Simplified Inventory Management: By integrating inventory management systems, e-commerce platforms help businesses avoid stockouts and overstocking by allowing them to track stock levels in real-time. For instance, the WordPress plugin WooCommerce has inventory management capabilities that seamlessly connect stock levels with product listings.
Disadvantages of e-commerce
Limited Customer Service: E-commerce websites could provide a limited number of customer service choices, compared to conventional shops where customers can speak with staff members directly. Online service alternatives may be difficult to use or unable to answer some questions, and support may only be available during particular hours.
Limited Product Experience: Because online buyers do not get the chance to physically handle things before making a purchase, there could be mismatches between what they expect and what they actually get. For instance, it is impossible to recreate online the process of evaluating the picture quality of a television or trying on clothes. This may lead to returns and extra expenses for the client, including return shipping charges.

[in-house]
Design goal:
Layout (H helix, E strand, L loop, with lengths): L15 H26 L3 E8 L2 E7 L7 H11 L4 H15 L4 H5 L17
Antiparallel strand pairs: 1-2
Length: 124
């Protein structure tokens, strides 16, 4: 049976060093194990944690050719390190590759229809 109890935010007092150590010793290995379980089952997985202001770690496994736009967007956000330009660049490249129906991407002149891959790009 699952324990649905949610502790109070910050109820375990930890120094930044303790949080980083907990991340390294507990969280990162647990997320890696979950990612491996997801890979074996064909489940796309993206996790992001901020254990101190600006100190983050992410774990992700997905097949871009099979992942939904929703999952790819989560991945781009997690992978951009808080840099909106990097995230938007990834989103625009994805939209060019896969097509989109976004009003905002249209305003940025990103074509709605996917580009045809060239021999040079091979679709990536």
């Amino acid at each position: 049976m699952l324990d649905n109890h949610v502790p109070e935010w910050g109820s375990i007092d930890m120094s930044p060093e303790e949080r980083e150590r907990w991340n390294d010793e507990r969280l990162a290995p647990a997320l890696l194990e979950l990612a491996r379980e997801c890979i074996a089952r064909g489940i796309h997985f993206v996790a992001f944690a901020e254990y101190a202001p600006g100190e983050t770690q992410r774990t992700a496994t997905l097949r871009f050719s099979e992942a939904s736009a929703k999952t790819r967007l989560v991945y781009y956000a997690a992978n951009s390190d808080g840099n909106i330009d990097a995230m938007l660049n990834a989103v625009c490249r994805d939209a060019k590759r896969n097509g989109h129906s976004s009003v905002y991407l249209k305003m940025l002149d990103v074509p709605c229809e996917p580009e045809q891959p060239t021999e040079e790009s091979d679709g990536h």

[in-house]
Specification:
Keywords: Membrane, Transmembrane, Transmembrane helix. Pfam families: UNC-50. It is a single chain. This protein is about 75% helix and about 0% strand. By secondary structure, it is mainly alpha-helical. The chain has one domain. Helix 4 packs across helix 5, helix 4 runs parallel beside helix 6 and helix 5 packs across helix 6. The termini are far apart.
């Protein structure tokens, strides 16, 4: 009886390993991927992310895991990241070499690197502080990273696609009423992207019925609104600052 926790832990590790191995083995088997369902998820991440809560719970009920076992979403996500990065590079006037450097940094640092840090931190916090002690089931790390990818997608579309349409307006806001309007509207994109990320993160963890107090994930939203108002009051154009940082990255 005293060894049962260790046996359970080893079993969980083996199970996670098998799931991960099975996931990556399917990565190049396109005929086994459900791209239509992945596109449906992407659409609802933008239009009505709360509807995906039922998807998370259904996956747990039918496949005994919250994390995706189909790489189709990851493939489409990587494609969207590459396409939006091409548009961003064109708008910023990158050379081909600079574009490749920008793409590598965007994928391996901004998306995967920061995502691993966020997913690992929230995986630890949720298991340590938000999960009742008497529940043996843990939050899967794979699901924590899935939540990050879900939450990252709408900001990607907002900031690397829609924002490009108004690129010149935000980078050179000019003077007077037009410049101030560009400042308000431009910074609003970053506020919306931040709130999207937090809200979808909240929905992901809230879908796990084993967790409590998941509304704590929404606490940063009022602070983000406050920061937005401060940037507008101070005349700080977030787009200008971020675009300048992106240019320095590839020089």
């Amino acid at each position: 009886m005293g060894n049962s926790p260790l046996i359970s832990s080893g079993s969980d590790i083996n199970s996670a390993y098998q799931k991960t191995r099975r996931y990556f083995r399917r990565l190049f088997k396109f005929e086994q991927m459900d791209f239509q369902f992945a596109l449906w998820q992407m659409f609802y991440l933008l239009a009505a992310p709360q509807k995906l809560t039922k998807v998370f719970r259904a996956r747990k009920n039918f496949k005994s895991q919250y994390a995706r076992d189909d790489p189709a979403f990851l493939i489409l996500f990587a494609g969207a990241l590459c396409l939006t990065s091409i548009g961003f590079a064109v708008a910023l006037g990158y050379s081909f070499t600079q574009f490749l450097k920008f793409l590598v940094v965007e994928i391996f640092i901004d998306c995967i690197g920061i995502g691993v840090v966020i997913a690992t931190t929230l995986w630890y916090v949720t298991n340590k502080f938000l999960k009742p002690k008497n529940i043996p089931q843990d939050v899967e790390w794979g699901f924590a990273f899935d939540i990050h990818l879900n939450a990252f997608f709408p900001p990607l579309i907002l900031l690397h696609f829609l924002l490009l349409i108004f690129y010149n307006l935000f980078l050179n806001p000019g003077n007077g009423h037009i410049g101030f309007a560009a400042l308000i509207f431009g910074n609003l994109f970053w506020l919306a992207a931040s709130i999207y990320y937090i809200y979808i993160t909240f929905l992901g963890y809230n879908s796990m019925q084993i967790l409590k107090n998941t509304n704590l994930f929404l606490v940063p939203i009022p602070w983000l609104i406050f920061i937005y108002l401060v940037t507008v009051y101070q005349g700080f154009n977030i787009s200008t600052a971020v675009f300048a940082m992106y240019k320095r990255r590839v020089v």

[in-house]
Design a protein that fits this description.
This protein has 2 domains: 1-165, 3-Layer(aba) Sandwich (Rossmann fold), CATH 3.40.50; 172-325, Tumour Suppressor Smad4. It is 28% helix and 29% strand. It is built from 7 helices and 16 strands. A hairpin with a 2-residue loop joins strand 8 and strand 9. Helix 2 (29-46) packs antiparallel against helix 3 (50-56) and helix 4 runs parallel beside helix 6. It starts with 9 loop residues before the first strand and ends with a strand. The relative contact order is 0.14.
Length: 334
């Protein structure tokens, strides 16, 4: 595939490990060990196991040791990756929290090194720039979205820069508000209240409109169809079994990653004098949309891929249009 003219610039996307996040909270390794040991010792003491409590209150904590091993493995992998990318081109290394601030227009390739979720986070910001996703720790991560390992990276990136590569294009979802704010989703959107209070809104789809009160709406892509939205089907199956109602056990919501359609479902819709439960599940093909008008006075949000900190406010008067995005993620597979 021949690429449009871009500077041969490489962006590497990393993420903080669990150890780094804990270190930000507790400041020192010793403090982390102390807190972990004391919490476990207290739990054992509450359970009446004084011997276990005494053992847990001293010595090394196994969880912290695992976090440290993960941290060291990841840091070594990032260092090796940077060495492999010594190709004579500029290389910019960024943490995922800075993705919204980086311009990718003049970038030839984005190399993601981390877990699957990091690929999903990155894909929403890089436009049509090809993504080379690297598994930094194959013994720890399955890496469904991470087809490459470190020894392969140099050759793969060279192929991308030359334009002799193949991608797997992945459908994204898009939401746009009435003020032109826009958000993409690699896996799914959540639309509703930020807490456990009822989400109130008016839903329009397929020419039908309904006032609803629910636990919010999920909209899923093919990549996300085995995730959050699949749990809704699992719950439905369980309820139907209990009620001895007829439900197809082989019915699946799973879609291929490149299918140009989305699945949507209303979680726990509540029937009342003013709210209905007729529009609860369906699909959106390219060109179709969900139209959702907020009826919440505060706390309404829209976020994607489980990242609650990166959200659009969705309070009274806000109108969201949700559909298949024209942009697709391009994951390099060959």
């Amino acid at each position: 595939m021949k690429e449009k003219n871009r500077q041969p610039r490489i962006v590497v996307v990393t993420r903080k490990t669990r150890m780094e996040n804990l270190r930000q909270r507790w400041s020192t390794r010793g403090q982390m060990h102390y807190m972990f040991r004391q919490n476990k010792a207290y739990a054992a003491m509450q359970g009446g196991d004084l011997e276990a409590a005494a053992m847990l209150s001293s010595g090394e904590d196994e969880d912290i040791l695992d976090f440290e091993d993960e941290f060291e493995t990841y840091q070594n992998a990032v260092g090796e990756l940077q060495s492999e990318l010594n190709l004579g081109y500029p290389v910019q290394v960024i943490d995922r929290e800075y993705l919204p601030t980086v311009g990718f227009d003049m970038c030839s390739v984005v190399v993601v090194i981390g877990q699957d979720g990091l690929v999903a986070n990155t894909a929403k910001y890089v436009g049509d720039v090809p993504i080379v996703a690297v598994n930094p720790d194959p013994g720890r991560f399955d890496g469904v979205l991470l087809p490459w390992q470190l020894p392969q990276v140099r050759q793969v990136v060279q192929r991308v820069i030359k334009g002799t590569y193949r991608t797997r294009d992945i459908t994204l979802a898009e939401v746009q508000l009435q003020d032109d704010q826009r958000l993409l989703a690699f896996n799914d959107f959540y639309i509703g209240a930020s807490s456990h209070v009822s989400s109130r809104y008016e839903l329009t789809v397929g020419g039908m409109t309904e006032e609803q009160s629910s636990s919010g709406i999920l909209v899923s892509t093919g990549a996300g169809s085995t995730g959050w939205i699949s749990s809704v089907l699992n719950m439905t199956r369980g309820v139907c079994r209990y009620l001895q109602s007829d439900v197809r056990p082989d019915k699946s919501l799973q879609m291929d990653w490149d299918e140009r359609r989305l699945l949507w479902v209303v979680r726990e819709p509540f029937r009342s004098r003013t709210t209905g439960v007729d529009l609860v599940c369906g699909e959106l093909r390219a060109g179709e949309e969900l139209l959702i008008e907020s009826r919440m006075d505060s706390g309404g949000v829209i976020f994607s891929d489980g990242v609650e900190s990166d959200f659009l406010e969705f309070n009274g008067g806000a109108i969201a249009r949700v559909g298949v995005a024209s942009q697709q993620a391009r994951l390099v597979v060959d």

Wait Time for Delivery: Online shoppers have to wait for their things to be shipped, as compared to buying from a physical store where they may pick them up right away. Compared to in-store purchases, which offer instant pleasure, shipping still takes patience, even though next-day and same-day delivery choices are increasing and decreasing shipping durations.
Security Risks: Sharing private and sensitive financial information online during e-commerce transactions raises security concerns. Hackers might attack authentic e-commerce sites to steal credit card information or develop phony websites to trick customers. Conveniently storing credit card information with shops comes with hazards as well. Credit card information can be stolen due to data breaches, which can harm the reputation of the retailer.